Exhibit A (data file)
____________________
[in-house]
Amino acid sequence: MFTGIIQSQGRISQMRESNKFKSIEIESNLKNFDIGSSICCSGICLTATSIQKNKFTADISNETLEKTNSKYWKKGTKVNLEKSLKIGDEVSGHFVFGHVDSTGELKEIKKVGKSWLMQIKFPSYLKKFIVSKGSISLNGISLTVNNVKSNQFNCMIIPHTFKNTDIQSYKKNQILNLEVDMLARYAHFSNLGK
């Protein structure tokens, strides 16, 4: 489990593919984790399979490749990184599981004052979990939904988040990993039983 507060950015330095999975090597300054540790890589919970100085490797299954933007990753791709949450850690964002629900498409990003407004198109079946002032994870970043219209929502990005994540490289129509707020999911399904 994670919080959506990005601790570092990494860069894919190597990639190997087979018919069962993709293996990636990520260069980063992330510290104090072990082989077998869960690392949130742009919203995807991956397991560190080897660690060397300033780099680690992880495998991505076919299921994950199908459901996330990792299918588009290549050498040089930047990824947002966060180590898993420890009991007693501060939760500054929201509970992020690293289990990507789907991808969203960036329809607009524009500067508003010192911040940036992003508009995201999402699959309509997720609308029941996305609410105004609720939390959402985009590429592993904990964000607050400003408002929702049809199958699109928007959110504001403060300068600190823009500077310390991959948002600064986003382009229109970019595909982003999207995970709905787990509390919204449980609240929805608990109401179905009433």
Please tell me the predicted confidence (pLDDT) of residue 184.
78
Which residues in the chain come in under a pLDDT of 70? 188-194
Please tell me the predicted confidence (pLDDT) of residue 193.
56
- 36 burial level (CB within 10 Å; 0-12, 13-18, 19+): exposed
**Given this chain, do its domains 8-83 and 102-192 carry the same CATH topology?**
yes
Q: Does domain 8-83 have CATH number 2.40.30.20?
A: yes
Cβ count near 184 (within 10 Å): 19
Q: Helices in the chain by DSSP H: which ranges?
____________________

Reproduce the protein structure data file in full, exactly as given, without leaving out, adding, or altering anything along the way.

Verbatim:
[in-house]
Amino acid sequence: MFTGIIQSQGRISQMRESNKFKSIEIESNLKNFDIGSSICCSGICLTATSIQKNKFTADISNETLEKTNSKYWKKGTKVNLEKSLKIGDEVSGHFVFGHVDSTGELKEIKKVGKSWLMQIKFPSYLKKFIVSKGSISLNGISLTVNNVKSNQFNCMIIPHTFKNTDIQSYKKNQILNLEVDMLARYAHFSNLGK
């Protein structure tokens, strides 16, 4: 489990593919984790399979490749990184599981004052979990939904988040990993039983 507060950015330095999975090597300054540790890589919970100085490797299954933007990753791709949450850690964002629900498409990003407004198109079946002032994870970043219209929502990005994540490289129509707020999911399904 994670919080959506990005601790570092990494860069894919190597990639190997087979018919069962993709293996990636990520260069980063992330510290104090072990082989077998869960690392949130742009919203995807991956397991560190080897660690060397300033780099680690992880495998991505076919299921994950199908459901996330990792299918588009290549050498040089930047990824947002966060180590898993420890009991007693501060939760500054929201509970992020690293289990990507789907991808969203960036329809607009524009500067508003010192911040940036992003508009995201999402699959309509997720609308029941996305609410105004609720939390959402985009590429592993904990964000607050400003408002929702049809199958699109928007959110504001403060300068600190823009500077310390991959948002600064986003382009229109970019595909982003999207995970709905787990509390919204449980609240929805608990109401179905009433």
Please tell me the predicted confidence (pLDDT) of residue 184.
78
Which residues in the chain come in under a pLDDT of 70? 188-194
Please tell me the predicted confidence (pLDDT) of residue 193.
56
- 36 burial level (CB within 10 Å; 0-12, 13-18, 19+): exposed
**Given this chain, do its domains 8-83 and 102-192 carry the same CATH topology?**
yes
Q: Does domain 8-83 have CATH number 2.40.30.20?
A: yes
Cβ count near 184 (within 10 Å): 19
Q: Helices in the chain by DSSP H: which ranges?